Welcome to Friday Fiction Facts: sciency things that fiction writers need to know.
I remember, as a teen, working at a summer camp on a brackish river near the Chesapeake Bay. One night a bunch of us were sitting on the dock and I noticed small flashing blueish white lights in the water. At first I thought they were tricks of light, but on close inspection (fishing one out with someone’s hat) we found they were small jellyfish, tiny enough to fit in a tablespoon. I don’t know what kind they were, but floating along in the dark water, they seemed of another world.
That was my first exposure to bioluminescence (the emission of light from living things), beyond fireflies.
If you ask a group of children if they know any animals or plants that glow in the dark, the answer usually includes fireflies and “those fish that live really deep in the ocean.”
But the world of bioluminescence is much broader than that. So today I am going to give you some sciency info about bioluminescence. Maybe these will give you some ideas on how to add a creepy glow to an otherwise pitch black forest or give a spark of brightness and magic to a character.
How it works
Bioluminescence is the reverse of photosynthesis. In photosynthesis, a living organism captures light and carbon-dioxide (CO2) to make organic materials. The byproduct is oxygen. In bioluminescence, oxygen is used to break apart organic material. The byproducts are CO2 and light.
A few animals (the angler fish for one) use bioluminescent bacteria to emit light for them. But most producers of bioluminescence create their own light. These produce two chemicals: luciferin (a pigment) and luciferase (an enzyme). The luciferin reacts with oxygen to create light. The luciferase acts as a catalyst to speed up the reaction.
The reasons for bioluminescence are as varied as the number of organisms that exhibit it. Adult male fireflies use it to attract mates. Firefly larvae may use it to warn off predators. Anglerfish use it to attract prey. Other creatures use it as camouflage, to ward of predators, as communication, or even as a sort of a flashlight, to help the animal see.
A Glowing Sea
Near seven o’clock in the evening, the Nautilus lay half submerged, navigating in the midst of milky white waves. As far as the eye could see, the ocean seemed lactified.—Jules Verne, 20,000 Leagues Under the Sea
Bioluminescence is rare on land, but in the sea it is the rule, rather than the exception. Edith Widder, an expert on the topic, says that 80-90% of the creatures she brings up from the deep ocean exhibit bioluminescence. In the dark depth of the ocean, it is the only light that marine creatures ever see. Luminescent displays by sea life include individual flashes of light, repeated flashes of light, and animals squirting luminescence into the water.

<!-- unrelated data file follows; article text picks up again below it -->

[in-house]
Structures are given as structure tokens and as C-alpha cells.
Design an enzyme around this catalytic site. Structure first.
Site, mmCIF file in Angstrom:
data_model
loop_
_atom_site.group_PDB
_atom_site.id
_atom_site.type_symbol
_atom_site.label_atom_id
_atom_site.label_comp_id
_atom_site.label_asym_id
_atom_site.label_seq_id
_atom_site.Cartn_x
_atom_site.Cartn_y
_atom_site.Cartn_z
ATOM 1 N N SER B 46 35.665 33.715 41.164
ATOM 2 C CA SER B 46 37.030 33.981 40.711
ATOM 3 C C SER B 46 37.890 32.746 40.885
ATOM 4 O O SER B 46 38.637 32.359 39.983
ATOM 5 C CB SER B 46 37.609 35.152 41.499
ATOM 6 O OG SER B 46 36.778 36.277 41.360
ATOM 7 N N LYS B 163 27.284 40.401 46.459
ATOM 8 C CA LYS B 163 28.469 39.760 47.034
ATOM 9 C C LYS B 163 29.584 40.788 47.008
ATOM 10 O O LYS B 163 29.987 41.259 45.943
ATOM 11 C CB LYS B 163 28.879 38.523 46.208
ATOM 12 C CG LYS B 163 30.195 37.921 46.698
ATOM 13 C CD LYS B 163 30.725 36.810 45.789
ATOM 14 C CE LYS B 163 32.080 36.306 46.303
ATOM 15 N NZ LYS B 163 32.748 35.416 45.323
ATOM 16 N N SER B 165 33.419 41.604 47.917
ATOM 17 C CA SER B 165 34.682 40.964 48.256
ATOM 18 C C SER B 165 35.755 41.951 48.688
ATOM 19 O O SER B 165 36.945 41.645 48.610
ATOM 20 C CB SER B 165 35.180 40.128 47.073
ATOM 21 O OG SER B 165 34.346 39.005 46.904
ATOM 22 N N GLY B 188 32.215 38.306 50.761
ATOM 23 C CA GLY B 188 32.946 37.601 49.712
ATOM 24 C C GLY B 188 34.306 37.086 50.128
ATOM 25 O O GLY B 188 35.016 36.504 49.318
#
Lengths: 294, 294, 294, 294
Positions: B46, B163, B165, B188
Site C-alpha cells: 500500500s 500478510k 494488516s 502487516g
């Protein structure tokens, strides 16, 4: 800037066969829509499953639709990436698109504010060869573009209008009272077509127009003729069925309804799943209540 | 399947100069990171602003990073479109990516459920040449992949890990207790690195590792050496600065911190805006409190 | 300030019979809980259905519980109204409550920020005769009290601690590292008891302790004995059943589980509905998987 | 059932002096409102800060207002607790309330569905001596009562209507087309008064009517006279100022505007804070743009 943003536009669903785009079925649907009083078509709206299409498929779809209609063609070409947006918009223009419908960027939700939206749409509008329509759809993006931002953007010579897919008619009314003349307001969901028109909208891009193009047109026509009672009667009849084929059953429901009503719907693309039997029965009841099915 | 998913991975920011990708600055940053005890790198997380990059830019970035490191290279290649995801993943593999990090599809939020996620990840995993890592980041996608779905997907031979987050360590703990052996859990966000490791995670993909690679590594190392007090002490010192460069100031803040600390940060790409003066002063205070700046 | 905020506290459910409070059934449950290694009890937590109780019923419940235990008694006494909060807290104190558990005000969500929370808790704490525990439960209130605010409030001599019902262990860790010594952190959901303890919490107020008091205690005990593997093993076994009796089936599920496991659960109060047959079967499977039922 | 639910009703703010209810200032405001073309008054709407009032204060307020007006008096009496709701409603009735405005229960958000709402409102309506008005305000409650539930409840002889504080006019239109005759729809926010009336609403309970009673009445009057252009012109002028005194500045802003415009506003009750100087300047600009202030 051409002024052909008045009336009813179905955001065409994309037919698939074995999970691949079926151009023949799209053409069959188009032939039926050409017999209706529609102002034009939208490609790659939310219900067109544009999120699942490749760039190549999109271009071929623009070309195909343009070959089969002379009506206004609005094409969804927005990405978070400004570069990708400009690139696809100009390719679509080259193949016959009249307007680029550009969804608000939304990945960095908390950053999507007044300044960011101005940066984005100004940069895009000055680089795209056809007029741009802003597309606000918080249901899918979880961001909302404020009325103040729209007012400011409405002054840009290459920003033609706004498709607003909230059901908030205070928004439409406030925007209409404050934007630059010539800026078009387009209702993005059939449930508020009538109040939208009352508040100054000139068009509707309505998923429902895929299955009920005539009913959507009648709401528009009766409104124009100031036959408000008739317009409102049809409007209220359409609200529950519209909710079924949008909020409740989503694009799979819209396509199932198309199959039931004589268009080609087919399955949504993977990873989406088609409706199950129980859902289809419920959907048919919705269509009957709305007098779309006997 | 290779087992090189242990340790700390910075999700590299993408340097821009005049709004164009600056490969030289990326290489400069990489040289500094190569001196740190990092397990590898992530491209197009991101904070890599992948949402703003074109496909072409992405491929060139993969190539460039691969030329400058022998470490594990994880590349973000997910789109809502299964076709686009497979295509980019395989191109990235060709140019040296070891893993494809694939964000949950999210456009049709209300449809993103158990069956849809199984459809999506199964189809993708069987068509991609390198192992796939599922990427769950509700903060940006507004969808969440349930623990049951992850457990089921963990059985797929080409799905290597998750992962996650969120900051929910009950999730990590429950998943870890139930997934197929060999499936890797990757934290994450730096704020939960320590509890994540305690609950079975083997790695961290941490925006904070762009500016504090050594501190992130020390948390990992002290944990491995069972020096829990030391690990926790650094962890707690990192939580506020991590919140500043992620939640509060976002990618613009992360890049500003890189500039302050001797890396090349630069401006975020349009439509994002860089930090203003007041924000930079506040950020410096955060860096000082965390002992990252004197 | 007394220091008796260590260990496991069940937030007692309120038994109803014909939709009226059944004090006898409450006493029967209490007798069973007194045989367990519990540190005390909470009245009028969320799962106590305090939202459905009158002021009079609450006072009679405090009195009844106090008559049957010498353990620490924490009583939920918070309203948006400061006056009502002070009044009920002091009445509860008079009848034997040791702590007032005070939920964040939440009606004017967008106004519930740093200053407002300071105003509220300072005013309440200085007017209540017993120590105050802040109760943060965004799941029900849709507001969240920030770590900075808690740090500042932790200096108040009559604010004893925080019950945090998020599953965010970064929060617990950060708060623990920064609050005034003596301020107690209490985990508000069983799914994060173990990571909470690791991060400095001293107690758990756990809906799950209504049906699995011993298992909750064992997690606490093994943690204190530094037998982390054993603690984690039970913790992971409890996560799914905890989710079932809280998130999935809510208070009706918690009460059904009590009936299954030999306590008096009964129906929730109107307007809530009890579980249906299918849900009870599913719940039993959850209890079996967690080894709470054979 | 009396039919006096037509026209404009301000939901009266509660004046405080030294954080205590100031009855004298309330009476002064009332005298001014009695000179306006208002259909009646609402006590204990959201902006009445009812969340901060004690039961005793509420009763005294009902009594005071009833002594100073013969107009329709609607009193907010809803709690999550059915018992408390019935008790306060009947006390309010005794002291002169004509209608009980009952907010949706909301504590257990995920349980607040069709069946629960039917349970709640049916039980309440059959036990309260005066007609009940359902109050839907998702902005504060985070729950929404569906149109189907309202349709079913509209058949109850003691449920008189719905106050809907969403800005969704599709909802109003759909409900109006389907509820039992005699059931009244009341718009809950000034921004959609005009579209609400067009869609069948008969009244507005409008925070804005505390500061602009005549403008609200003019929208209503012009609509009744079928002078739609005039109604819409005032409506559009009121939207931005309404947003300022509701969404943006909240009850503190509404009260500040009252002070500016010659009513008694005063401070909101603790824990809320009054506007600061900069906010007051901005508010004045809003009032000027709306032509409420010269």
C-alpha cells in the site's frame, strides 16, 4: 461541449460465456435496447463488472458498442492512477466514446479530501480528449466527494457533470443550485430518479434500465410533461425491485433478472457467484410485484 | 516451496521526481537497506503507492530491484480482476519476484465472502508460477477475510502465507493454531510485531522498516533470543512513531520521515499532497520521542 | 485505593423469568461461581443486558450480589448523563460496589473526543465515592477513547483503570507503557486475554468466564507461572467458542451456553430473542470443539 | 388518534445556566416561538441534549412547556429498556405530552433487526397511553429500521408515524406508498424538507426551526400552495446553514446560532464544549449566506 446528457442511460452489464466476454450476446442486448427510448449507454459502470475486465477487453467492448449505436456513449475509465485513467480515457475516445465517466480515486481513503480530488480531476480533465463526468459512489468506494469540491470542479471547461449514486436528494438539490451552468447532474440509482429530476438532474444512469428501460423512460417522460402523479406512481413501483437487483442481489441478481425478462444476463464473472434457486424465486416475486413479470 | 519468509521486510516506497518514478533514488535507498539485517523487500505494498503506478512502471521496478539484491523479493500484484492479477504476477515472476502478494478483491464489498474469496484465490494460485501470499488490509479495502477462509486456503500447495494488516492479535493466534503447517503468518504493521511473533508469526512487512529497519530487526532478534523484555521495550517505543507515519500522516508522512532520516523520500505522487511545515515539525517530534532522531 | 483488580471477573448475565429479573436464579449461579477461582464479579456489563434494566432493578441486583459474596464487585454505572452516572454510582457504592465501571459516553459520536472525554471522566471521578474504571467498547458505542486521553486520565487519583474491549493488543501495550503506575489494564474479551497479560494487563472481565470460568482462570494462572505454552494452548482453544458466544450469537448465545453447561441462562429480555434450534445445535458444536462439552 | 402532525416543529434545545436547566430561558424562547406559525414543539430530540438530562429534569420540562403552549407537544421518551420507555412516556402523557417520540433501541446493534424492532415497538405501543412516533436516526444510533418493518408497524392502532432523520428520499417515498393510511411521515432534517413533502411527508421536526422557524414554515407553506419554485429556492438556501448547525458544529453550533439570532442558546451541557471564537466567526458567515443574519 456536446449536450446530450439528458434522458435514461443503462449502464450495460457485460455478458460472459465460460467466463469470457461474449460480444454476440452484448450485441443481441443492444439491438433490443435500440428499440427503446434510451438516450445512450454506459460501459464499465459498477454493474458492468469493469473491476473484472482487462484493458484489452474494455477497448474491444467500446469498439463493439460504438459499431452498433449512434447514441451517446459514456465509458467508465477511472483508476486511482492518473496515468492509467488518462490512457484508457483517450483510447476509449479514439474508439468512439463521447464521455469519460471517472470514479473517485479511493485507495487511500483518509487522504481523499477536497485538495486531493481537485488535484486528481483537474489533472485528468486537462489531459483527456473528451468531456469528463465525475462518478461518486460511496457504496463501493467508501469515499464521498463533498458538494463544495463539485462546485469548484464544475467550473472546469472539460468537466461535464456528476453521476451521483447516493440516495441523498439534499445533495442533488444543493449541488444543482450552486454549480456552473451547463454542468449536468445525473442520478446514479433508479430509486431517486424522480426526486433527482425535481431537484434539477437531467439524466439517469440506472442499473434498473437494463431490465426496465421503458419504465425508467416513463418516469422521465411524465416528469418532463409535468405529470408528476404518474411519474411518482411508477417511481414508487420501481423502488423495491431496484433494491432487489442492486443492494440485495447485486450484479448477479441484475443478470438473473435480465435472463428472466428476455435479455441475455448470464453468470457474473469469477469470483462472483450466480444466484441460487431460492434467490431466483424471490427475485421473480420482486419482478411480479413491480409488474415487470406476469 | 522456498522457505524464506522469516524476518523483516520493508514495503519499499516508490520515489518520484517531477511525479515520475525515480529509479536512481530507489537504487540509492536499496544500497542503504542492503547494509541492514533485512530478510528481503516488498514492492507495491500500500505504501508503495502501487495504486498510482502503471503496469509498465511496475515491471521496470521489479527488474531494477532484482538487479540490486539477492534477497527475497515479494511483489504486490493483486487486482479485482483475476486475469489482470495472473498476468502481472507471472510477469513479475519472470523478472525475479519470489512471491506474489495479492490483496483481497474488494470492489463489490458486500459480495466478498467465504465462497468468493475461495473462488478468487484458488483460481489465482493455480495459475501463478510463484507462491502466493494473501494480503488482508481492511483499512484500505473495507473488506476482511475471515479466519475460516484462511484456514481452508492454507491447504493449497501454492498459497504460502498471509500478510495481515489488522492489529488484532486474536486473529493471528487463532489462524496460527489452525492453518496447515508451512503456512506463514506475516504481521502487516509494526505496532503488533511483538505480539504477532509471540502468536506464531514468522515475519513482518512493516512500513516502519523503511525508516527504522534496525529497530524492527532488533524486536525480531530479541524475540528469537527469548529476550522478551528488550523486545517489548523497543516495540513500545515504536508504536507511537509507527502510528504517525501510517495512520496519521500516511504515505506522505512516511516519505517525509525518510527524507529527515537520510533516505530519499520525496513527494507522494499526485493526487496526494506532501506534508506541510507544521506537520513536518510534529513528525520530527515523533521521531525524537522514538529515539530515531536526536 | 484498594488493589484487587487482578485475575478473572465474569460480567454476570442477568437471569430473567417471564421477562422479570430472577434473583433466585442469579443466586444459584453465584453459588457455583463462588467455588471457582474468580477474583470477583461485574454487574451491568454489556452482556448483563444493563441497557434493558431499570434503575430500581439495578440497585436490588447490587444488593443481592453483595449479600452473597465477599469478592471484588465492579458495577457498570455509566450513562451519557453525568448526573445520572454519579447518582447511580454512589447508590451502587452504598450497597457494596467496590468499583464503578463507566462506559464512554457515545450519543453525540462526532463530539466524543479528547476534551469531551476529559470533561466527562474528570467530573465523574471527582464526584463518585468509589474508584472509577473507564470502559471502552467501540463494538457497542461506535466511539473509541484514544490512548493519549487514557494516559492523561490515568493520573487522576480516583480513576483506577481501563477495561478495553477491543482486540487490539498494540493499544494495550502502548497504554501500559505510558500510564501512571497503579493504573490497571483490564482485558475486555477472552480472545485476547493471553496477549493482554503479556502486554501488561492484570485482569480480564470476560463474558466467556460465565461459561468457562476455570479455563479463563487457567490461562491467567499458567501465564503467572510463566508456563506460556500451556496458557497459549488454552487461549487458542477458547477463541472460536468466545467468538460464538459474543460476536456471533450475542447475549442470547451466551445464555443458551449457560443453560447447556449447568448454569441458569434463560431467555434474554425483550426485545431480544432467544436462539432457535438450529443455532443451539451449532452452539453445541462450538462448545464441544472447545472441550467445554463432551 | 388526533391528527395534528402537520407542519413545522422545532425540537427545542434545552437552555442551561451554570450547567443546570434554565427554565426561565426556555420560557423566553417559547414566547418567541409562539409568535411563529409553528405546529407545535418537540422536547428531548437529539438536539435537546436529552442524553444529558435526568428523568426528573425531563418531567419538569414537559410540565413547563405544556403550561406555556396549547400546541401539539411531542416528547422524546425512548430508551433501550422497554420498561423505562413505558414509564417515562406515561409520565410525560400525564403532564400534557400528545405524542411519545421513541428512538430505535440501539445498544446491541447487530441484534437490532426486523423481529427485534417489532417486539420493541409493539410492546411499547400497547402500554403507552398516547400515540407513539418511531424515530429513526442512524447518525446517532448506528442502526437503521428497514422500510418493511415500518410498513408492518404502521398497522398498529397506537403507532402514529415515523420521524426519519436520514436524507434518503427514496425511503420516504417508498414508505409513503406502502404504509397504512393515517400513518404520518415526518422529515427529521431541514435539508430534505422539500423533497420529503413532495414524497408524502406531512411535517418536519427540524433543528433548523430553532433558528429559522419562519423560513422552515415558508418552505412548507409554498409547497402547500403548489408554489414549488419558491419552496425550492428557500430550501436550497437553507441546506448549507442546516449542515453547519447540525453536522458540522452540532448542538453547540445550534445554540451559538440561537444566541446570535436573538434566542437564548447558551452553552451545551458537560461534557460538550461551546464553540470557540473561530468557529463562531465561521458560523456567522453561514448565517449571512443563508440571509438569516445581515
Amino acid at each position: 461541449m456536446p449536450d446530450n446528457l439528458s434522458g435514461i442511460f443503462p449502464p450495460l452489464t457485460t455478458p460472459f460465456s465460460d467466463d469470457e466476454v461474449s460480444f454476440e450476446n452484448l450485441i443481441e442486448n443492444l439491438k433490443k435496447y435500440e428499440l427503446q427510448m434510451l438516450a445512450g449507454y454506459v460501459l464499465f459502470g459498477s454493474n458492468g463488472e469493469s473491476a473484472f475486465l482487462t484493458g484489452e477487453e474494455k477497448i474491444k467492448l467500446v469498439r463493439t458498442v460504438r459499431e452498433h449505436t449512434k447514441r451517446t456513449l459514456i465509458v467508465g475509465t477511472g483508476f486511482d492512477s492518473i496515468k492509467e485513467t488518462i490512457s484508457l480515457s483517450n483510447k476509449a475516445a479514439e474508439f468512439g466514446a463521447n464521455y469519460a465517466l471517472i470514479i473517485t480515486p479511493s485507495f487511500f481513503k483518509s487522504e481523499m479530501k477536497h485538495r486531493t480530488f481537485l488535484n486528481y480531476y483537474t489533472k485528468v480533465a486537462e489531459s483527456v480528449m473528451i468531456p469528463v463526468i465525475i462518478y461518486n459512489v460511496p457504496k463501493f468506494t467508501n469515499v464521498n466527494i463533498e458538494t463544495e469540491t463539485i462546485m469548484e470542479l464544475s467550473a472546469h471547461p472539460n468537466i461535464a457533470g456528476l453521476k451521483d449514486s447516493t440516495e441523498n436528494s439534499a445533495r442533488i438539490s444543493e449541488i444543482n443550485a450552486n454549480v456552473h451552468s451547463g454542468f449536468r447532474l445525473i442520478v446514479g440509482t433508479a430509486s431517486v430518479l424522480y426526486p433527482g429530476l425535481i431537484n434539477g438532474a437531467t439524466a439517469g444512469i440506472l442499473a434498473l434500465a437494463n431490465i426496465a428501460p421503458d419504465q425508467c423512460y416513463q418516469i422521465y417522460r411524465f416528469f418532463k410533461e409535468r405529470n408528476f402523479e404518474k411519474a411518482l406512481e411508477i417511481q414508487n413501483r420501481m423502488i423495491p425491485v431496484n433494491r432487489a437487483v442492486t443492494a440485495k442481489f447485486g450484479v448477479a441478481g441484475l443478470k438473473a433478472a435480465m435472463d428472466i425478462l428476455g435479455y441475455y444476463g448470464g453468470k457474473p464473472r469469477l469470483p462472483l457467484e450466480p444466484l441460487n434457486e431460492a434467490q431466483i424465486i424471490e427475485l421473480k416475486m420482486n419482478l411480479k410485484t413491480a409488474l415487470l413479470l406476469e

In some deep ocean areas, scientist have observed glowing orbs of liquid light the size of footballs made by hundreds of tiny animals squiring luminescence into the water.
Many of the organisms that exhibit bioluminescence are very small but occur in large numbers so their light affects huge swaths of the sea. As a rule, they glow only upon disruption – when waves crash, ships churn the water, or when fast-moving fish or sea mammals swim through them. The well-known Red Tide in California is caused by tiny dinoflagellates that light up in response to the waves crashing on the shore.
Bioluminescent bacteria occur in almost all oceans. In the Indian Ocean, they cause the spectacular “milky sea” phenomenon where sailors report sailing through sea that glows from horizon to horizon with a soft milky white light.
Surfing in a sea of light:
Tom said we got to have SOME light to see how to dig by, and a lantern makes too much, and might get us into trouble; what we must have was a lot of them rotten chunks that’s called fox-fire, and just makes a soft kind of a glow when you lay them in a dark place. – Mark Twain, “The Adventures of Huckleberry Finn”
Now you might not think that glowing fungus would add much to a scene, but imagine this: a spooky dark forest where suddenly glowing green orbs hover 6 feet off the ground or a whispy white light seems to leak out from behind a tree’s bark. Woooo….. cue the spooky music.
Some fungus, such as Panellus stipticus, bears mushrooms that glow green. These bioluminescent fungi (along with dozens of other species) are also known as Foxfire, “Fairy Fire,” or “glow wood”. Foxfire has made an appearance in writings from Aristotle to Mark Twain and has even been referenced on the TV show Lassie.
Armillaria fungus acts in a different way to provide glowing white light. It is a fungus that infects trees from the base up, forming mats of threadlike fibers beneath the lower bark. Once the tree starts to die, the Armillaria begins to glow from behind the bark. As the tree rots, the bark peels and falls away, exposing more of the Armillaria and thus, more of the white light. Some mysterious sightings have been attributed to the glow of Armillaria – including Beowulf’s “fire on the water.”
Fireflies – Gentlemen start your flashing
Yes, you already know about fireflies. But here’s a thing that’s really interesting that a lot of people don’t know – in some species, all the fireflies in a single population synchronize their blinking. In fact, the synchronized fireflies of Elkmont Nature Reserve in Tennessee put on such a light show that thousands of visitors flock there every June to witness the display firsthand.
Check out this video:
[Edit Friday evening ] I just came across this! Stunning Long Exposure Photographs of Gold Fireflies in Japan
The Bioluminescence Webpage by University of California, Santa Barabara – Quite possibly the most comprehensive site on the web for bioluminescence
TED TALK: Glowing Life in an Underwater World, in which Edith Widder explains (among other things) how there is so much bioluminescence in the ocean, that the seawater in toilets on her ship glows in the dark.